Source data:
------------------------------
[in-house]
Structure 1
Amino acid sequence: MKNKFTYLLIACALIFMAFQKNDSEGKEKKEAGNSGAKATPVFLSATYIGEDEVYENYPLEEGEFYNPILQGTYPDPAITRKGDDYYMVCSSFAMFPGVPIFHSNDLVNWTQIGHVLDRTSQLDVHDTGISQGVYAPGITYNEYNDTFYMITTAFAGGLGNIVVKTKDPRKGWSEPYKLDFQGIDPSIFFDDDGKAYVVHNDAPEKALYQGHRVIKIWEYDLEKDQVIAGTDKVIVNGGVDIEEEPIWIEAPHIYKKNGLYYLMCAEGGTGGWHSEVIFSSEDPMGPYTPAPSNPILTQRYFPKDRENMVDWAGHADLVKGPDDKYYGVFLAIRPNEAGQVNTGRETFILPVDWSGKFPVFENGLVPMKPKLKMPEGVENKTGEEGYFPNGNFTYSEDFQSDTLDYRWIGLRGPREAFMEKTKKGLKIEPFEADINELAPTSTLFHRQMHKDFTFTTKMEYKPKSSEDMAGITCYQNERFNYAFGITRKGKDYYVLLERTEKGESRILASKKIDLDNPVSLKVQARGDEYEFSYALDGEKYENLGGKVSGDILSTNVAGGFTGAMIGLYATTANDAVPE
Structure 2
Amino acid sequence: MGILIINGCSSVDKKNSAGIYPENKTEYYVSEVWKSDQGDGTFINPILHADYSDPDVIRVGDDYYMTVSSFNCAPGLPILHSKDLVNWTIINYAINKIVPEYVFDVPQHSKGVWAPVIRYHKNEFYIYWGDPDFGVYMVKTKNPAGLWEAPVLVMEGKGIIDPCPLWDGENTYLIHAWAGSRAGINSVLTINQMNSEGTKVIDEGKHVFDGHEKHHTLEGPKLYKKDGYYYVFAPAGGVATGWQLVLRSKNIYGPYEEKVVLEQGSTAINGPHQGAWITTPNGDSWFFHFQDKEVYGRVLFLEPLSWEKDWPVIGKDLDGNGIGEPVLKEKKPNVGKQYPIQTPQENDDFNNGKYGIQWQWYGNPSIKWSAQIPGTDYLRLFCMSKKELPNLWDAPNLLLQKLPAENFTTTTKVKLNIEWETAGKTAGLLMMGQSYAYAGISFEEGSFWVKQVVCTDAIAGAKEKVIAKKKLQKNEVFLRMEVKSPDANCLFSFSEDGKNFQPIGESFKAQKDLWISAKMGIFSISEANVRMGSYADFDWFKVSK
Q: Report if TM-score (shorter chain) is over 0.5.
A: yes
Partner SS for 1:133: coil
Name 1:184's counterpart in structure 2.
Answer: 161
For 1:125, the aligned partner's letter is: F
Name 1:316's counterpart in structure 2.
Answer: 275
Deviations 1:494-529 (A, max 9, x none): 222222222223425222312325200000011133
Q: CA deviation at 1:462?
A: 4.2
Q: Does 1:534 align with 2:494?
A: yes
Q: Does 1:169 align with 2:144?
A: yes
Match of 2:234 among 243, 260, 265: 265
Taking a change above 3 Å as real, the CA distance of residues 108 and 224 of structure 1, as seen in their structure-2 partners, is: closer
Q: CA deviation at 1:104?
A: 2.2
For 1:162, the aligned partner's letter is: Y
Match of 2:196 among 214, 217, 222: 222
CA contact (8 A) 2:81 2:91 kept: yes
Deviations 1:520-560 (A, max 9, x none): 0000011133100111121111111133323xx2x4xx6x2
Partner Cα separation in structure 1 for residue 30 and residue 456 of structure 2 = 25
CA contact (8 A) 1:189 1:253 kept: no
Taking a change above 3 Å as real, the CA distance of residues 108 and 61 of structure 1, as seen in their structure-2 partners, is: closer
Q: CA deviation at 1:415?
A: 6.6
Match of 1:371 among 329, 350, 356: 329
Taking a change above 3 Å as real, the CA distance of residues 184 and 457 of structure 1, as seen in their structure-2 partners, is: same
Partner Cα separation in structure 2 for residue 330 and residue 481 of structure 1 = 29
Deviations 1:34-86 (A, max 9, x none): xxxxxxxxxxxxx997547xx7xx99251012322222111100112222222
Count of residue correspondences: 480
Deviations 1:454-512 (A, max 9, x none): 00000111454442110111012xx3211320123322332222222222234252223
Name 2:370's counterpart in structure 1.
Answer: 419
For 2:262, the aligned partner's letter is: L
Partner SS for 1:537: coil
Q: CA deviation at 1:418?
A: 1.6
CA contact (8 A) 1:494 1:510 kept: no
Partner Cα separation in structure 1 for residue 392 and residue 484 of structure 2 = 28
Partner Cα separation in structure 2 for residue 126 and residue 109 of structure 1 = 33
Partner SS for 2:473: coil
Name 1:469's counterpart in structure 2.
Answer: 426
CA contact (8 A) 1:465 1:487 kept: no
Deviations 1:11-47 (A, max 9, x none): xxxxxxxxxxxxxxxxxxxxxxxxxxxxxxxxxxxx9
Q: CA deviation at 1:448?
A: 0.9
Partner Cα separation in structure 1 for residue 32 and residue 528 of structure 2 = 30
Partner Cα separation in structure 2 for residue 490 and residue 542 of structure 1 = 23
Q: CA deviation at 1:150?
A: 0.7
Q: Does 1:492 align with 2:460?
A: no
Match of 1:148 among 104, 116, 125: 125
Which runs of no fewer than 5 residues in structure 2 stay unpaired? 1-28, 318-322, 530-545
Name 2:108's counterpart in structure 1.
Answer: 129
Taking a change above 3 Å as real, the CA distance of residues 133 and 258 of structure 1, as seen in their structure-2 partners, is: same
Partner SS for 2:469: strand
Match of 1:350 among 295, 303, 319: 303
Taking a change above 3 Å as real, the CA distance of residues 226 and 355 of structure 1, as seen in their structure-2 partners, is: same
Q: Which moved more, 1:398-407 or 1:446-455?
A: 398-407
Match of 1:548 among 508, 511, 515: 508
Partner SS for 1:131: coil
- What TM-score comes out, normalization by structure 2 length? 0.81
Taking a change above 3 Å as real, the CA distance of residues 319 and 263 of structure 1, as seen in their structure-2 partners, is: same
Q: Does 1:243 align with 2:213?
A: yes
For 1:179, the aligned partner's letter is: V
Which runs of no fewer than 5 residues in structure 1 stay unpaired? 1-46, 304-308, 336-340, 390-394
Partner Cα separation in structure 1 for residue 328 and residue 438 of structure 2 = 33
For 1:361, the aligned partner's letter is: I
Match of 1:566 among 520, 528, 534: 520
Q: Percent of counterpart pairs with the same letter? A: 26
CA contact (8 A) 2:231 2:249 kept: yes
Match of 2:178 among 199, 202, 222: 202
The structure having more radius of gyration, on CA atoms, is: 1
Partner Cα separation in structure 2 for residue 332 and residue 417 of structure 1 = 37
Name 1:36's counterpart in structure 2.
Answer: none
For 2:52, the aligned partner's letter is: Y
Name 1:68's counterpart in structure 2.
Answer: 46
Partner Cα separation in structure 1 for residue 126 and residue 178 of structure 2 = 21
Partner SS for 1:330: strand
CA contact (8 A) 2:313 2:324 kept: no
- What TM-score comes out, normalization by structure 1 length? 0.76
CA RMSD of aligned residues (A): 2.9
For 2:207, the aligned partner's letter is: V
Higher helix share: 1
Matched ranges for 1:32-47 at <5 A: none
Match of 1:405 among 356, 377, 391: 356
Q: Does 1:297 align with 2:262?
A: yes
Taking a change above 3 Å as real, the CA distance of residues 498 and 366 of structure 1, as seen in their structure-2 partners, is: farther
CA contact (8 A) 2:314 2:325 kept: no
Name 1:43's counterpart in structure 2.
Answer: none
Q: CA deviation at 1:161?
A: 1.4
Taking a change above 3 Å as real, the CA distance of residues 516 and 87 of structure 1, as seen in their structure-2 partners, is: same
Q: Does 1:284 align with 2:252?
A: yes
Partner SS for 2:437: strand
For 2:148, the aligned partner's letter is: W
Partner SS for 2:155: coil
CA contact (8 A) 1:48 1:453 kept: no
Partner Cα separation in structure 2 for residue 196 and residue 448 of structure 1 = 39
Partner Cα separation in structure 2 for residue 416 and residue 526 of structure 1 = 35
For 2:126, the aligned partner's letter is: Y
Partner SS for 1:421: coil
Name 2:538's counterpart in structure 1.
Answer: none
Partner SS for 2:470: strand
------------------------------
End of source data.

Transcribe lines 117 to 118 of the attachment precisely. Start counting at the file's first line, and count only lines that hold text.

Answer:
Partner Cα separation in structure 2 for residue 196 and residue 448 of structure 1 = 39
Partner Cα separation in structure 2 for residue 416 and residue 526 of structure 1 = 35